LOL. If I had my real estate license when Hurricane Katrina hit us, I’d be a very wealthy individual. Property values around us doubled over night and demand was increasingly higher than supply. I was too busy trying to save my own company, while watching many of my peers close down for good. We were without power for months, our office ceilings were caved in, etc. We were able to survive and grow from that episode. Thanks to our sponsors and friends!

I understand that! Tell me is Ping! Zine best for consumers or for small-business owners or probably for larger companies?

It is best for the consumers, SMBs and employees of large companies. The mid to little guy.

All of them?

A: People who are running servers for their non-hosting related bosses, small to medium hosting and tech companies, and employees of large companies looking to get new information. We can’t educate the owner of a large company on how to grow his business when he is already at the top.

What kind of companies advertise most – hardware vendors, software apps and solution providers or service providers?

Hardware and software providers, Commerce, DDOS protection, Server support, Colocation facilities, etc.

How hard is to create good content in times that content depreciates very fast. Do you often see your publications copied?

I hope they at least reference us, and that makes us happy. For those that don’t, well us rednecks down south know how to deal with you when we find you. For those that don’t, well us rednecks down south know how to deal with you when we find you.

Isn’t it very expensive to send one overseas?

Very, that’s why our digital option is so appealing

Were you involved in any other niches of web hosting industry, except media publishing?

Yes, we were running a semi-successful web design and hosting company at the time.

Why did you decided to leave this business, Was it because you felt like you needed to do something you would do better… or just web design and hosting, especially web hosting is quite boring… ?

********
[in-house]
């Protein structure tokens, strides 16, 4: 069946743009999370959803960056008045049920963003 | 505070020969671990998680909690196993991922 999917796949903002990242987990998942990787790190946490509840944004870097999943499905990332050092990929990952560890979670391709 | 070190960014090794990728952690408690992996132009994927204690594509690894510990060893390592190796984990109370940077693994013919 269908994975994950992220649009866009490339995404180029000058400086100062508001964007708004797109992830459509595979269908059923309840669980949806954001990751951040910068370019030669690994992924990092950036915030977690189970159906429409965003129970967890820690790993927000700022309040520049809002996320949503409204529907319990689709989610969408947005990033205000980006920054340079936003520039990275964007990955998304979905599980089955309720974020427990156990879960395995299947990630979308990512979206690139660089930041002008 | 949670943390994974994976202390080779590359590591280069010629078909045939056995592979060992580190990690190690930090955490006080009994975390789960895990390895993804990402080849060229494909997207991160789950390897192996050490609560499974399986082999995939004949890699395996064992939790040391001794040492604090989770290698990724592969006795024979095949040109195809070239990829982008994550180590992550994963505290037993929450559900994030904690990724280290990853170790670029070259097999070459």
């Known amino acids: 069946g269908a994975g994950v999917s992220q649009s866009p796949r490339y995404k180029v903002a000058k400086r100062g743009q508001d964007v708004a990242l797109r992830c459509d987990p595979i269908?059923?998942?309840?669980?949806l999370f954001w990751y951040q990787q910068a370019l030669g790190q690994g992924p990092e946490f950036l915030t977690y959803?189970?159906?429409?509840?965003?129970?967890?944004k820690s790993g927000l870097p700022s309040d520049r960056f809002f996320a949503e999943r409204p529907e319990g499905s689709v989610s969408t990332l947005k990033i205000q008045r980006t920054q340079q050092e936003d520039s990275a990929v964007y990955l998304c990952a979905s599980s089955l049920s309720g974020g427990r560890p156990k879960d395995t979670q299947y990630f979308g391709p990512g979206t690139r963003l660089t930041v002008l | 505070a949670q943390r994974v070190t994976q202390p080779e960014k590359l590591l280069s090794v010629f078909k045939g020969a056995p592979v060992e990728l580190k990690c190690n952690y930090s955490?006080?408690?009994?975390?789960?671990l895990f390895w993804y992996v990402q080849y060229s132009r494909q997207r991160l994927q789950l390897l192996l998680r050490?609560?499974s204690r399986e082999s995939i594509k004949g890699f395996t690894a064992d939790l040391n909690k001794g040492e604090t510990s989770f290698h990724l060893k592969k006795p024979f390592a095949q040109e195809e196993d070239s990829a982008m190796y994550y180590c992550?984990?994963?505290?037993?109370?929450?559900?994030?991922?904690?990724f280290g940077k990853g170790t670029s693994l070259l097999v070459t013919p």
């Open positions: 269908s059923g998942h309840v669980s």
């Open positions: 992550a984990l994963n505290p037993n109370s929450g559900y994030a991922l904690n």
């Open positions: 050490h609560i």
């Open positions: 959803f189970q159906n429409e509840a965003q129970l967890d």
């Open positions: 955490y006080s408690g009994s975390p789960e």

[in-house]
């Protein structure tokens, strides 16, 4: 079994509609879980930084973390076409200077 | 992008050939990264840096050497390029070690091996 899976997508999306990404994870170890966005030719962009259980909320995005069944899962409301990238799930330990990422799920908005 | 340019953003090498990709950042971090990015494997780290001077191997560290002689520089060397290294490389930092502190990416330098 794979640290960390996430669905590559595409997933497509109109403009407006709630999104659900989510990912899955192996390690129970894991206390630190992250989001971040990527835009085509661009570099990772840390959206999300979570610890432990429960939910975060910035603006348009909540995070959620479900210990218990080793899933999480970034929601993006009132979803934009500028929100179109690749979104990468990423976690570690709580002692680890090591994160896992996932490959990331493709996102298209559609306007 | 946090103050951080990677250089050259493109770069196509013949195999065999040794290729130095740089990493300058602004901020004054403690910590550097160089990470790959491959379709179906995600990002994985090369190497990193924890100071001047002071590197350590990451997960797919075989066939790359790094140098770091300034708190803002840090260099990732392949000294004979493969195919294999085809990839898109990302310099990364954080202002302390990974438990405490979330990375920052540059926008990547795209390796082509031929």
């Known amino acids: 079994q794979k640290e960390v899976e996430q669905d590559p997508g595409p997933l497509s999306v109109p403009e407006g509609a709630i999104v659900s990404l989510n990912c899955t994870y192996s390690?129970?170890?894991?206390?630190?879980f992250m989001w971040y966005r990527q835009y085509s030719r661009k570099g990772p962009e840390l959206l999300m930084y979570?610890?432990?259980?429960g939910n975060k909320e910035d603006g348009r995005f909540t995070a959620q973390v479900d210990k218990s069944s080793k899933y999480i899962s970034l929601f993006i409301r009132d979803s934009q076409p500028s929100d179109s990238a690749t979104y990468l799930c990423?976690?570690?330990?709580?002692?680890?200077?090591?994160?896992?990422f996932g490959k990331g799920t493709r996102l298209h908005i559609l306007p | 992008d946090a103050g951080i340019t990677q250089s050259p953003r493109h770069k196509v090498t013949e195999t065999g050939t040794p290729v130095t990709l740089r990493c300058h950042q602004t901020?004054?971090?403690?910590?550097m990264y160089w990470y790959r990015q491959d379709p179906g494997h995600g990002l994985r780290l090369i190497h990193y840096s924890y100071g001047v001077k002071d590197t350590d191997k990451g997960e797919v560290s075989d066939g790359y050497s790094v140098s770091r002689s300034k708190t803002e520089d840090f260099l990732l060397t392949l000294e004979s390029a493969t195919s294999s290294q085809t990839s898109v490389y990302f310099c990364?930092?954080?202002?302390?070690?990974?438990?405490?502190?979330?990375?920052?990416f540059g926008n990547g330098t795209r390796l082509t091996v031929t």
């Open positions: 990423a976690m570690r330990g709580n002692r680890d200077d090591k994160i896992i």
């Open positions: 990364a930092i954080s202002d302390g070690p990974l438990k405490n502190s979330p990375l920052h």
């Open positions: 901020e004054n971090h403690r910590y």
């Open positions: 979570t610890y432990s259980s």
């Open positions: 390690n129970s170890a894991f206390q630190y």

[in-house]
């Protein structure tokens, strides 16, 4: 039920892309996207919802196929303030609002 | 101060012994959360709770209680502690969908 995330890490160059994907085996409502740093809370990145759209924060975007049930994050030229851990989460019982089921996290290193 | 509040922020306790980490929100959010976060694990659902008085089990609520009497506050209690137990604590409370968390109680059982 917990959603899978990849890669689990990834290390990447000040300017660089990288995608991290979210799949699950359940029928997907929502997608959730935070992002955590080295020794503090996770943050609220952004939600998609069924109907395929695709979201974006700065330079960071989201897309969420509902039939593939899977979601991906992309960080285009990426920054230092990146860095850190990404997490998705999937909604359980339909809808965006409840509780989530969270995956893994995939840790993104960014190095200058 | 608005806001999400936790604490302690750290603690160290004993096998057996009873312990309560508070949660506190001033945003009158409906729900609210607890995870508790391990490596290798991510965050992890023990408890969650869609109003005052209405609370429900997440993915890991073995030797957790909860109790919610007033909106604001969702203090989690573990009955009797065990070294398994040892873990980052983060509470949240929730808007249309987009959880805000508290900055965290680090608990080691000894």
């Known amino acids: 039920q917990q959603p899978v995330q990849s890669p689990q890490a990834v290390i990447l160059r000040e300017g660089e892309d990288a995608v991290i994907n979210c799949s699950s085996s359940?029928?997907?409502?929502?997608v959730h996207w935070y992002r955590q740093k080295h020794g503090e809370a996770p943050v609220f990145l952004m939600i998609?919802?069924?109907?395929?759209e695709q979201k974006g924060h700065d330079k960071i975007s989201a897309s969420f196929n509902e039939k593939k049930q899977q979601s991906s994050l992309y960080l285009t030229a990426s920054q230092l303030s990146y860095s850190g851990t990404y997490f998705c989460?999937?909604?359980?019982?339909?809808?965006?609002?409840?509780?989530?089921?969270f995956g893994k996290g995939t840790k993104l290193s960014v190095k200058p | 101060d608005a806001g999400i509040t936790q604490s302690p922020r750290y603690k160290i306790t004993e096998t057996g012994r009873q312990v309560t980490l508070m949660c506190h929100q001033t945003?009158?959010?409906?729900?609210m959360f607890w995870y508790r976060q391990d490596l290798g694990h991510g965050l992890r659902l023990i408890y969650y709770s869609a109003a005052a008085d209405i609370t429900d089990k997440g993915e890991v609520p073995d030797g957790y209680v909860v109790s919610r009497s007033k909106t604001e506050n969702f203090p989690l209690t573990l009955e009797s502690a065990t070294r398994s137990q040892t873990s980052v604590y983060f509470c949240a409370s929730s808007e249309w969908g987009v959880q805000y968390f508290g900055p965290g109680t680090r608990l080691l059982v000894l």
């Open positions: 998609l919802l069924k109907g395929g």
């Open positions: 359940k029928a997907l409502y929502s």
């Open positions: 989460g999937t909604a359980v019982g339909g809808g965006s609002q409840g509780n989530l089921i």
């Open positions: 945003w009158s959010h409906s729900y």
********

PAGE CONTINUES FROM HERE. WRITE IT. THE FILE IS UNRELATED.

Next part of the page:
My background is in publishing, so it was natural to do this magazine… and i never left the hosting and web design industry. I still have a hosting and design company, mainly to keep me on my toes. What affects our readers, affects me too. I have to care about the industry, because I am still in it.

I saw cPanel bought a small Shared hosting provider to use it for testing. It is actually a good idea to have a business on the side, which could be used as a lab?

Yes, my feelings too

I have been always curious why the media in the web hosting industry are not critical to hosting providers and their business practices in a way that journalists do when it come to politics?

Personally Ping! Zine has always had a policy of looking for positive things on the tech/host industry to report about. We have covered things such as when The Planet data center caught on fire, but in a way to inform readers what was happening and what was being done. When something bad happens in the hosting industry, they cover it up well. Plus do you really care if hosting provider CEO “A” is sleeping with his assistant or whether he is taking care of the latest DDos attack?

We do cover any political items that affect our industry though.

Sure. But I didn’t see any web hosting media to say anything critical about Yahoo’s overselling or about other “Shared Hosts” that claim everything “unlimited”. There are many providers that mislead consumers and it is not like that the IT media would do anything to give publicity to such practices?. I’m just trying to understand why the IT journalists and writers look like they are always on the providers’ side by default, unlike political reporters who are always critical in their effort to protect the public interest… or maybe I’m wrong?

We covered overselling and “unlimited” issues many times in the beginning, but how many times do repeat yourselves?

So it pretty much depends on consumers’ judgement?
Yes, plus the fact that we run news related items on the website and article content in the publications. Breaking news in a magazine is old before it leaves the printers. We work on providing entertaining and educational articles in the magazines. A lot of our articles are worth reading a year from now.
Are you focusing on creating content and adapting the Ping!Zine for mobile readers?

That has always been our policy, always looking for good content and new ways to reach readers. Our digital issues have been a great success. We launched our iPad app last year.

Are you launching a version of the Ping! Zine website optimized for browsing on mobile devices?

Yes! The current website does well on multiple resizable formats but we are not happy with the cell phone veiwing, just yet. We are never completely satisfied with anything and always looking to do better.

Well This was a pretty much expected but a happy end of the interview?

Thanks for interviewing me. It was a blast!